Willoughby, who married Porter in November 2009 and separated from him in early 2010, told The Daily Mail that Porter was verbally abusive.

Willoughby obtained a protective order against Porter in June 2010 after she said he violated their separation agreement and refused to leave her apartment, according to court records obtained by The Daily Mail. In the complaint, Willoughby said Porter punched in a glass door while she was locked inside the apartment, but left after he heard she was on the phone with police.

She told the Mail that in December 2010, he dragged her out of a shower while she was naked in order to yell at her.

The couple was divorced in 2013.

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Veteran resident dies, receives patriotic farewell from nursing home

Published: Saturday, February 10, 2018 @ 12:20 PM

File image of the American flag.
Christopher Bruno, Freeimages
File image of the American flag.(Christopher Bruno, Freeimages)

A veterans nursing home in South Carolina honored a resident who died this week with a patriotic farewell that has gone viral.

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In a Facebook post, Laura Dorn thanked the Richard M. Campbell Veterans Nursing Home in Anderson for taking such good care of her father, Doug Timmons, who had Alzheimer's disease and was a resident of the facility for the last three years. Dorn wrote that her father died early Thursday morning and the staff took the time to honor him for his service as his body was removed from the facility. In a video that Dorn posted, Timmons' body, draped with an American flag, is wheeled out as staff line up and a musical tribute plays.

In a Facebook review of the nursing home, Dorn thanked the "caring, accommodating and selfless" staff who she said treated her father like family. Dorn wrote, "They treated my Dad with dignity and respect from the first moment there until he drew his last breath, then sent him off with a hero's procession."

The video has received more than 3 million views.

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Trump thanks Putin for expelling U.S. diplomats

Published: Friday, August 11, 2017 @ 4:16 PM

President Donald Trump walks to Marine One before departing from the White House on August 4, 2017 in Washington, DC. President Trump is traveling to Bedminster, N.J. for his summer break. (Photo by Mark Wilson/Getty Images)
Mark Wilson/Getty Images
President Donald Trump walks to Marine One before departing from the White House on August 4, 2017 in Washington, DC. President Trump is traveling to Bedminster, N.J. for his summer break. (Photo by Mark Wilson/Getty Images)(Mark Wilson/Getty Images)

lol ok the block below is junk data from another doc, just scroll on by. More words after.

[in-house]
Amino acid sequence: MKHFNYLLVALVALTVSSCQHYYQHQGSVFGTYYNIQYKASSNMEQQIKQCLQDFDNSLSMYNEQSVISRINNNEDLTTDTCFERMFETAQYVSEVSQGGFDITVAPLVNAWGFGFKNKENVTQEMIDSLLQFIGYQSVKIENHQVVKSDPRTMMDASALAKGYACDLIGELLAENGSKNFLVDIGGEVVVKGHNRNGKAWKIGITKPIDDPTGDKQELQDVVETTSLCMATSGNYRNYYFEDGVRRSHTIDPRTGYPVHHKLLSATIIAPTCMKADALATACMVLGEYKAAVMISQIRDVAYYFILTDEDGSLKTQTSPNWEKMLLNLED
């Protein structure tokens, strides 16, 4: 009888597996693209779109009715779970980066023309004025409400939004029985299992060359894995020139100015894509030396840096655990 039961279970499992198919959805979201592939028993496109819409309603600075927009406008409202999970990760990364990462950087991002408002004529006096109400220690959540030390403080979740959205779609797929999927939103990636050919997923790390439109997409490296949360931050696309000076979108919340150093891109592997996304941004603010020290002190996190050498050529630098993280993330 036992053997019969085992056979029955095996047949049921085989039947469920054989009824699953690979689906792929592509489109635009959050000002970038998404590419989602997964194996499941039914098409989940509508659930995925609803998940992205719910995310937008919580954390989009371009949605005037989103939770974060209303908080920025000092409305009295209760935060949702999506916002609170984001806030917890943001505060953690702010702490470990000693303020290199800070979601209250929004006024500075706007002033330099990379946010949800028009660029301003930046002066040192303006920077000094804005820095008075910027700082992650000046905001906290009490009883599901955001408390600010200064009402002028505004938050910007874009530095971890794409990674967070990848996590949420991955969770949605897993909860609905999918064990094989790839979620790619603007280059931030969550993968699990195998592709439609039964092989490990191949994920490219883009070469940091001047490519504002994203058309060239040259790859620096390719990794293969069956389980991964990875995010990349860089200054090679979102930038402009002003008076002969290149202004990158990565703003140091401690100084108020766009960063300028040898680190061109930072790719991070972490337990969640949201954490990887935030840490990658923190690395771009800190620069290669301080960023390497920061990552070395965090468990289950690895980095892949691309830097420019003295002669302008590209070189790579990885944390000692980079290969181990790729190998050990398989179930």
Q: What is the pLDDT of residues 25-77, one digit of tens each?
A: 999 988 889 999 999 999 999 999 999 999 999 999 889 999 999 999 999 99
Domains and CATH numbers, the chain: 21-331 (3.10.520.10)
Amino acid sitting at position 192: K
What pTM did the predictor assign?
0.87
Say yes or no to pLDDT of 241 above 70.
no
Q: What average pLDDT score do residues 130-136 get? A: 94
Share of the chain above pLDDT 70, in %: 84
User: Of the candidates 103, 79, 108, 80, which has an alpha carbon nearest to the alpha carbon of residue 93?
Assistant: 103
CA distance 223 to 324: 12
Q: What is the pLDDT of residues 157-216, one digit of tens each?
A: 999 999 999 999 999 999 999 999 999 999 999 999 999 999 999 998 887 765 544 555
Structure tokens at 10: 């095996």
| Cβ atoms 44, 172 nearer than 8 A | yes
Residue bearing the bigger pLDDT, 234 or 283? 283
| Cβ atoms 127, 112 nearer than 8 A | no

President Donald Trump on Thursday said that he is “very thankful” that Russian President Vladimir Putin decided to expel hundreds of U.S. diplomats, telling reporters in New Jersey that the decision will help the U.S. cut down on salaries.

>> Read more trending news

“I want to thank him because we’re trying to cut down our payroll, and as far as I’m concerned, I’m very thankful that he let go a large number of people because now we will have a smaller payroll,” Trump said, according to The Washington Post. “There’s no real reason for them to go back. … We’re going to save a lot of money.”

The comments were Trump’s first addressing Putin’s decision last month to expel 755 diplomats and technical personnel from the U.S. Embassy and consulates in Russia, according to The Post.

Trump’s proposed budget for fiscal year 2018 included a 29 percent cut of State Department funding, NPR reported.

But White House Press Secretary Sarah Huckabee Sanders said in an email to The New York Times on Friday that the president was making a joke.

“He was being sarcastic,” she told the newspaper.

Still, some lawmakers questioned Trump’s decision to praise Putin.

“After weeks of silence regarding Vladimir Putin's outrageous expulsion of hundreds of U.S. embassy personnel, President Trump once again let Russia off the hook and instead insulted America’s diplomats,” Rep. Eliot Engel, D-New York, the ranking member on the House Foreign Affairs Committee, said in a statement.

“No doubt, the President's staff will eventually try to clean up after the parade by claiming it was a joke, but there's nothing funny about this,” he said.

According to Politico, “many, if not most, of the positions cut will likely be those of locally hired Russian staffers. The local staff who are let go will likely get severance payments, but cost savings are possible in the long run.”

Unidentified sources told the news site that most of the U.S. diplomats made to leave Russia will be moved to different posts.

Putin’s decision to kick American diplomats out of the country came in retaliation for sanctions placed on Russia by the U.S. Trump signed the bill, which passed with strong bipartisan support and required congressional approval to lift the restrictions, although he criticized it as being “seriously flawed.”

Vladimir Putin - Fast Facts